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Russia: Council Of Europe Delegation Urges Negotiations In Chechnya Crisis

Moscow, 6 December 2001 -- A Council of Europe delegation spoke today with reporters about the human rights situation in Chechnya following a three-day trip to the breakaway republic.

Frank Judd, the delegation's head, called for a political solution to the Chechen problem. He said people on both sides of the conflict were ready to start negotiations but that some groups in Chechnya and Russia still need to be convinced of the urgent need for talks. These groups, said Judd, oppose any political solution to the Chechnya problem.

But he added that a political answer may be the only way out of the two-year crisis: "What are the alternatives? Is the Russian Federation going to eliminate Chechnya? Is the Russian Federation going to occupy Chechnya on a long-term, lasting basis? Of course, neither of these propositions is on the agenda. So there is no alternative but to find a political solution. And by definition, if there is to be a political solution, it must be one in which the widest possible cross-section of Chechen society is content, is comfortable, and of course is going to be acceptable to the Russian Federation as well."

Judd expressed doubts about Chechen President Aslan Maskhadov's willingness to enter negotiations with the Russian side. He cited Maskhadov's refusal to send a delegation to a recent Council of Europe meeting on Chechnya in Strasbourg.

On its recent trip, the Council of Europe delegation visited the Znamenskoye refugee camp in northern Chechnya. Judd described the conditions there as "grotesque." "The tents are leaking now -- at the beginning of winter," he said, then criticized the dearth of humanitarian funding in the area.

"But it is never difficult to find the money for bombs, for military equipment, for fighting. But it is always difficult to find the money for the humanitarian battle. I believe that in Chechnya [it] is a responsibility of Russia, but also it is a responsibility of the international community. Because I just don't understand why, if the international community really cared, all the effective assistance stops at Ingushetia and it is not getting to Chechnya."

Dmitrii Rogozin, head of the State Duma's international affairs committee, who accompanied the delegation to Chechnya, said the problems in the camps are linked to the large number of people living there. He said that sometimes people who don't need humanitarian aid nonetheless register to receive it.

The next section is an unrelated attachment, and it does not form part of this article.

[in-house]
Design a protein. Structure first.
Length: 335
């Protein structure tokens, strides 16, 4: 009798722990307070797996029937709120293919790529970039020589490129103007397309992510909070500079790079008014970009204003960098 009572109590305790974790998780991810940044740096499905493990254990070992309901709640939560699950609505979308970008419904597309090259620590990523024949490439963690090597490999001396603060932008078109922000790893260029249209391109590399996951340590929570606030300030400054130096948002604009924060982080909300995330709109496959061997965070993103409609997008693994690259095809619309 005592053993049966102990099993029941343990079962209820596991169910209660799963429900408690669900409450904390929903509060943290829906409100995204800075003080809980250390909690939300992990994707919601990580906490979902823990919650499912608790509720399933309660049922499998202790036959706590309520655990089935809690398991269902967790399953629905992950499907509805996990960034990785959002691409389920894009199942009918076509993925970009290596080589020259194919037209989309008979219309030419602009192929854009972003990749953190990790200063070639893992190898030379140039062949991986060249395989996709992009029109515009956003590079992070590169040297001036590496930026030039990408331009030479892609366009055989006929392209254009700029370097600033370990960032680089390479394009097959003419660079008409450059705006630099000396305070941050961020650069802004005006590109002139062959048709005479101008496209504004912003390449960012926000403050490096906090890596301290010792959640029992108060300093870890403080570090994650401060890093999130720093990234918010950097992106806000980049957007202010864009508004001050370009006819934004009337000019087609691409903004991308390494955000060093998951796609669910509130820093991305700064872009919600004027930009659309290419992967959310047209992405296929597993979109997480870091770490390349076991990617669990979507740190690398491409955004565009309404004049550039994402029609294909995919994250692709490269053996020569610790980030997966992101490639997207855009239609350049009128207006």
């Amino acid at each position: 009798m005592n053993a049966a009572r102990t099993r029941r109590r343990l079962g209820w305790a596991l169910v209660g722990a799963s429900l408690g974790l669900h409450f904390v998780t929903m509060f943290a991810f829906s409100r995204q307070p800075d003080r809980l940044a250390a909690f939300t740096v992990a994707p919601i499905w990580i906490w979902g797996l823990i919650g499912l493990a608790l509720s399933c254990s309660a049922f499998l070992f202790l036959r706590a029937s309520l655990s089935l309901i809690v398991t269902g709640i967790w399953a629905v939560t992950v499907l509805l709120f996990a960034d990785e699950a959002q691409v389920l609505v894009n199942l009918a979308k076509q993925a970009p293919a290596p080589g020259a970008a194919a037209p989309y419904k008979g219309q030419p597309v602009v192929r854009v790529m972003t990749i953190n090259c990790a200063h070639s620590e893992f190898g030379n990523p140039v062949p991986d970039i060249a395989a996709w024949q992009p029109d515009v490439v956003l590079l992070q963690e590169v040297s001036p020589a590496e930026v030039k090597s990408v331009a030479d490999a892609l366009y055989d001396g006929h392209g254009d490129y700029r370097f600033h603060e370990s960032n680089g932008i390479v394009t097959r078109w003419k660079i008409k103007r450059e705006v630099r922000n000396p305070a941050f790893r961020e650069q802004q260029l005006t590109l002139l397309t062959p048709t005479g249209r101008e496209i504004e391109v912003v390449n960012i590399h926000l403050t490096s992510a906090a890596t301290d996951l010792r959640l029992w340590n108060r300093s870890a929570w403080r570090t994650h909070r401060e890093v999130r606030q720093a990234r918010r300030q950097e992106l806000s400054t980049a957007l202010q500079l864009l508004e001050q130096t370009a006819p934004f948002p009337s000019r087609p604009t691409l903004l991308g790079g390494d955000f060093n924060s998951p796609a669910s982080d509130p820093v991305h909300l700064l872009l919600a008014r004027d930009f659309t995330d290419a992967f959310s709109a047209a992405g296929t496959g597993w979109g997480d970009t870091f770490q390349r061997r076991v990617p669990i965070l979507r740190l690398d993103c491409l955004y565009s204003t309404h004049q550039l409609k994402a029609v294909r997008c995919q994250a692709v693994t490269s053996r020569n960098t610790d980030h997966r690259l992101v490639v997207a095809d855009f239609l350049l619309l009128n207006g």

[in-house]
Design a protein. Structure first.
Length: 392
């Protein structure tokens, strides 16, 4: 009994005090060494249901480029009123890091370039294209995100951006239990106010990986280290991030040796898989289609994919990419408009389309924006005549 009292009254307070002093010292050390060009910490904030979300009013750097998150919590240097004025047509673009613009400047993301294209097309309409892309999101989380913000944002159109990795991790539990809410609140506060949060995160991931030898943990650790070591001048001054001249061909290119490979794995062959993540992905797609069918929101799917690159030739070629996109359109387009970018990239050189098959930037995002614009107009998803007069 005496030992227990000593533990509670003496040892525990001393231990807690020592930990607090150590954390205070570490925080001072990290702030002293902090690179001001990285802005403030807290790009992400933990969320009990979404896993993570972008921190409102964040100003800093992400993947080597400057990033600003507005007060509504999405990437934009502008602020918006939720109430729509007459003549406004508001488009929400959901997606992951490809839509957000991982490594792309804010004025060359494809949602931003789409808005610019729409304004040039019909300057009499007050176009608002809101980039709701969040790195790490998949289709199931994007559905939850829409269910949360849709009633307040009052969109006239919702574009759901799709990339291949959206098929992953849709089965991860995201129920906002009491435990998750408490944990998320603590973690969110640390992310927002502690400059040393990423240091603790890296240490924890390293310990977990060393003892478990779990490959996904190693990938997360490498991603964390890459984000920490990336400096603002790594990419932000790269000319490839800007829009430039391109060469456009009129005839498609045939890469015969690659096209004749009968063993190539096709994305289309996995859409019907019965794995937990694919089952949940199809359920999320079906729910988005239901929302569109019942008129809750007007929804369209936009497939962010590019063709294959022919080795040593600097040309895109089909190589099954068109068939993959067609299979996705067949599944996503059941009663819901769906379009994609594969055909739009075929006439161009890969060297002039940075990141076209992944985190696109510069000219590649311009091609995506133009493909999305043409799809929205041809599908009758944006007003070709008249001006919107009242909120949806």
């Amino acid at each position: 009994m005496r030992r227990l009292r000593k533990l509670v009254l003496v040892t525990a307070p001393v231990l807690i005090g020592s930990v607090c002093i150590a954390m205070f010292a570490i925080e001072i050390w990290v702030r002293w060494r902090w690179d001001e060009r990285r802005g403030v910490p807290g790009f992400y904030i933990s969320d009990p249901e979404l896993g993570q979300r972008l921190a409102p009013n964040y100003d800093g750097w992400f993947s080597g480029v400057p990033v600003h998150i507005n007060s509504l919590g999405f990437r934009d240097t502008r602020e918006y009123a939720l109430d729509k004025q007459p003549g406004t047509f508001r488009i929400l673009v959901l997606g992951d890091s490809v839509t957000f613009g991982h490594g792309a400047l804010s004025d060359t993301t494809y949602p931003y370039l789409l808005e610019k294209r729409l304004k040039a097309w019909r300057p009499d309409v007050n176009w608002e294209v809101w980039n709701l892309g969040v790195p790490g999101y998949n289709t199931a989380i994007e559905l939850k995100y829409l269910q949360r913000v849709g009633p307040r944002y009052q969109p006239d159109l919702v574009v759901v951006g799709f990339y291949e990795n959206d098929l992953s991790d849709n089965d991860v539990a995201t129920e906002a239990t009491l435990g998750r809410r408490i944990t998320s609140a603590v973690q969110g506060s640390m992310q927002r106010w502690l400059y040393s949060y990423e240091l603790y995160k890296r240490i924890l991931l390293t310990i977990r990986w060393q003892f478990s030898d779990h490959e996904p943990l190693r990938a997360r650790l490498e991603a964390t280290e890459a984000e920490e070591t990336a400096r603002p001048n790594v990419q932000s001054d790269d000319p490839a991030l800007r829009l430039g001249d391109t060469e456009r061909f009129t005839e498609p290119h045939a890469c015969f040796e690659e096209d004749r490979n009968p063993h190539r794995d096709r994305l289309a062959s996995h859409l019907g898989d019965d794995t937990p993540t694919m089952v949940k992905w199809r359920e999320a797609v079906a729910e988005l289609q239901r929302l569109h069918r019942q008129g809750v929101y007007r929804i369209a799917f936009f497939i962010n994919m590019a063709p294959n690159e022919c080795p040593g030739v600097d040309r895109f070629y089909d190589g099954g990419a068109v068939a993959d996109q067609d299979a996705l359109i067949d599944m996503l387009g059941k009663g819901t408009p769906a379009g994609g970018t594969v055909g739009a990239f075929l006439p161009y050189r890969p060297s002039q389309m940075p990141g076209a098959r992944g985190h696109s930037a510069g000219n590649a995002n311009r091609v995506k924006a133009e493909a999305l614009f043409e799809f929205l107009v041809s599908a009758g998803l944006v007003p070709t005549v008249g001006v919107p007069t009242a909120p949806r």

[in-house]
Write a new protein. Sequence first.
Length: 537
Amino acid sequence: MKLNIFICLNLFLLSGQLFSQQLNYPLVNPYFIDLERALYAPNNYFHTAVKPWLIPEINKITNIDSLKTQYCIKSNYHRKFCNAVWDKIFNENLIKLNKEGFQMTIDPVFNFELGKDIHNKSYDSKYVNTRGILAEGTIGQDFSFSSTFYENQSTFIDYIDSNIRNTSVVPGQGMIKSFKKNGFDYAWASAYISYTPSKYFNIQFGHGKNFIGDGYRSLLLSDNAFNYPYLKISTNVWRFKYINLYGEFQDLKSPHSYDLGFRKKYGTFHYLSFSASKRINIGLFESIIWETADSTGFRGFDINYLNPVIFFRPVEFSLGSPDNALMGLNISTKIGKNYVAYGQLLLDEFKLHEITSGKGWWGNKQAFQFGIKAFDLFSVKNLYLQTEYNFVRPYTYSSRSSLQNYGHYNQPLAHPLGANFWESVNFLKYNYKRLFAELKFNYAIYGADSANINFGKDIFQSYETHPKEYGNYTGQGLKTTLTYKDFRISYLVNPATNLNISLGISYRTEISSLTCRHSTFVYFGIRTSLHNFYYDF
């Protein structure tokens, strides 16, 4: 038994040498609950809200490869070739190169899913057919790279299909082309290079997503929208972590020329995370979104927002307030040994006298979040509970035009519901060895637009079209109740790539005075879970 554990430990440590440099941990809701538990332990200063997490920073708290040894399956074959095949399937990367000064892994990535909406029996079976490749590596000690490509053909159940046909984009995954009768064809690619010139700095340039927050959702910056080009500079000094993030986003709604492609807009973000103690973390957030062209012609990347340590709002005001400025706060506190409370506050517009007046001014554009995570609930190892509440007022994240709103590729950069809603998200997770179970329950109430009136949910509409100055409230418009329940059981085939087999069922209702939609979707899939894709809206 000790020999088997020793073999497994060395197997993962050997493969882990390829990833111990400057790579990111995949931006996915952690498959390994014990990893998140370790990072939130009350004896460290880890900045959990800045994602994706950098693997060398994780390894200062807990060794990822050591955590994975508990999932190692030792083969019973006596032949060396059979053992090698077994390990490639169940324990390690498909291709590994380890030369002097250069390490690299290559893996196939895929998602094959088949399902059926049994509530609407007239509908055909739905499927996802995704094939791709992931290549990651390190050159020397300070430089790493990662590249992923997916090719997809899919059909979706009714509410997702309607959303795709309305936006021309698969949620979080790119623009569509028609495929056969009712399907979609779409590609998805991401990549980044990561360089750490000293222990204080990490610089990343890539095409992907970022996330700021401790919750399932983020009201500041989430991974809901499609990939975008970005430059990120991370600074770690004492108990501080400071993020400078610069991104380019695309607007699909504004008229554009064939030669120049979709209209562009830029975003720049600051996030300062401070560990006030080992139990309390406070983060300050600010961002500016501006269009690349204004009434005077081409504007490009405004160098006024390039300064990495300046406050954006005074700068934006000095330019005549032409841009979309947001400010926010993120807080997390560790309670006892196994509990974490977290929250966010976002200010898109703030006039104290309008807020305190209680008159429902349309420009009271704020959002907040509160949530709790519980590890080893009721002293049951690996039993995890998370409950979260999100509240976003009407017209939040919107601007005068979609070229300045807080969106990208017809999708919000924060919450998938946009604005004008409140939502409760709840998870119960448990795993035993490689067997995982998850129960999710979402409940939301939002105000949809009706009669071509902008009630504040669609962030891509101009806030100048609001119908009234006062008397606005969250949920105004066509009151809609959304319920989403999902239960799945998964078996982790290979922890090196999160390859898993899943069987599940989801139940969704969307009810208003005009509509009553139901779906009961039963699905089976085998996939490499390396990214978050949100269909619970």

But according to Lara Ragnarsdottir -- a Council of Europe representative for social problems -- the humanitarian situation in Chechnya this year is worse than it was last year: "The accommodation of the people in Chechnya, especially in the refugee camps, is very bad and it is even worse than we saw one year ago. The children have no shoes. They have no clothing to go to school. They have difficulties in surviving in many ways. The food that the people are receiving is not the food we would like our children to have in order to grow up as healthy individuals."

She said many children are showing signs of malnutrition, with underdeveloped teenagers often appearing years younger than they actually are. Ragnarsdottir said there is no medicine and that hospital care is not available except for some urgent cases.

She also said that education is very limited. All told, she said, the physical, psychological, and educational deprivations of Chechnya's younger generations do not present a hopeful picture for the future.

Judd, who is scheduled to meet with officials from the Prosecutor-General's Office and the Federal Security Service, said Russian officials have failed to show improvement in investigating Russia's alleged human rights violations in Chechnya.

Russia has been accused of human rights violations in Chechnya. In 1999 the Council of Europe's Parliamentary Assembly suspended Russia's voting rights in the organization to protest its actions in Chechnya, but later restored them.

Judd said he will not recommend new sanctions, saying he would prefer to cooperate with Russian officials in solving human rights problems in the Chechen Republic.